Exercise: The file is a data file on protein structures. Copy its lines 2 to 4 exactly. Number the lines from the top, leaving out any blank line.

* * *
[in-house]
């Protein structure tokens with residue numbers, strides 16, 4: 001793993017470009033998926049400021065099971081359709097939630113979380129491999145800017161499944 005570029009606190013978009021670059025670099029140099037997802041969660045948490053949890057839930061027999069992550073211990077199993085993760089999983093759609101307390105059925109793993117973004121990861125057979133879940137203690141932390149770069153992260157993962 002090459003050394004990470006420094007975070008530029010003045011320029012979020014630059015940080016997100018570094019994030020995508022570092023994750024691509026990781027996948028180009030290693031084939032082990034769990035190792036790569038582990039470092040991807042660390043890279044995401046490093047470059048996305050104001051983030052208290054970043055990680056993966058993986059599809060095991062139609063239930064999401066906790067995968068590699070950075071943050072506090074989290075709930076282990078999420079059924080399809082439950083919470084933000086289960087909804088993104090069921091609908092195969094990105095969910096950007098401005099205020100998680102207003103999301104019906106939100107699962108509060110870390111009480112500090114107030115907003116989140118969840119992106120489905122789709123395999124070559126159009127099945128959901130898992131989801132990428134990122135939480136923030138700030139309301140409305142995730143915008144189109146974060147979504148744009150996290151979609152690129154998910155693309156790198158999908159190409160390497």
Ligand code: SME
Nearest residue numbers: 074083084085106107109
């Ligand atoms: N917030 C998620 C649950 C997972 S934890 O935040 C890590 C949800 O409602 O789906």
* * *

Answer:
């Protein structure tokens with residue numbers, strides 16, 4: 001793993017470009033998926049400021065099971081359709097939630113979380129491999145800017161499944 005570029009606190013978009021670059025670099029140099037997802041969660045948490053949890057839930061027999069992550073211990077199993085993760089999983093759609101307390105059925109793993117973004121990861125057979133879940137203690141932390149770069153992260157993962 002090459003050394004990470006420094007975070008530029010003045011320029012979020014630059015940080016997100018570094019994030020995508022570092023994750024691509026990781027996948028180009030290693031084939032082990034769990035190792036790569038582990039470092040991807042660390043890279044995401046490093047470059048996305050104001051983030052208290054970043055990680056993966058993986059599809060095991062139609063239930064999401066906790067995968068590699070950075071943050072506090074989290075709930076282990078999420079059924080399809082439950083919470084933000086289960087909804088993104090069921091609908092195969094990105095969910096950007098401005099205020100998680102207003103999301104019906106939100107699962108509060110870390111009480112500090114107030115907003116989140118969840119992106120489905122789709123395999124070559126159009127099945128959901130898992131989801132990428134990122135939480136923030138700030139309301140409305142995730143915008144189109146974060147979504148744009150996290151979609152690129154998910155693309156790198158999908159190409160390497």
Ligand code: SME
Nearest residue numbers: 074083084085106107109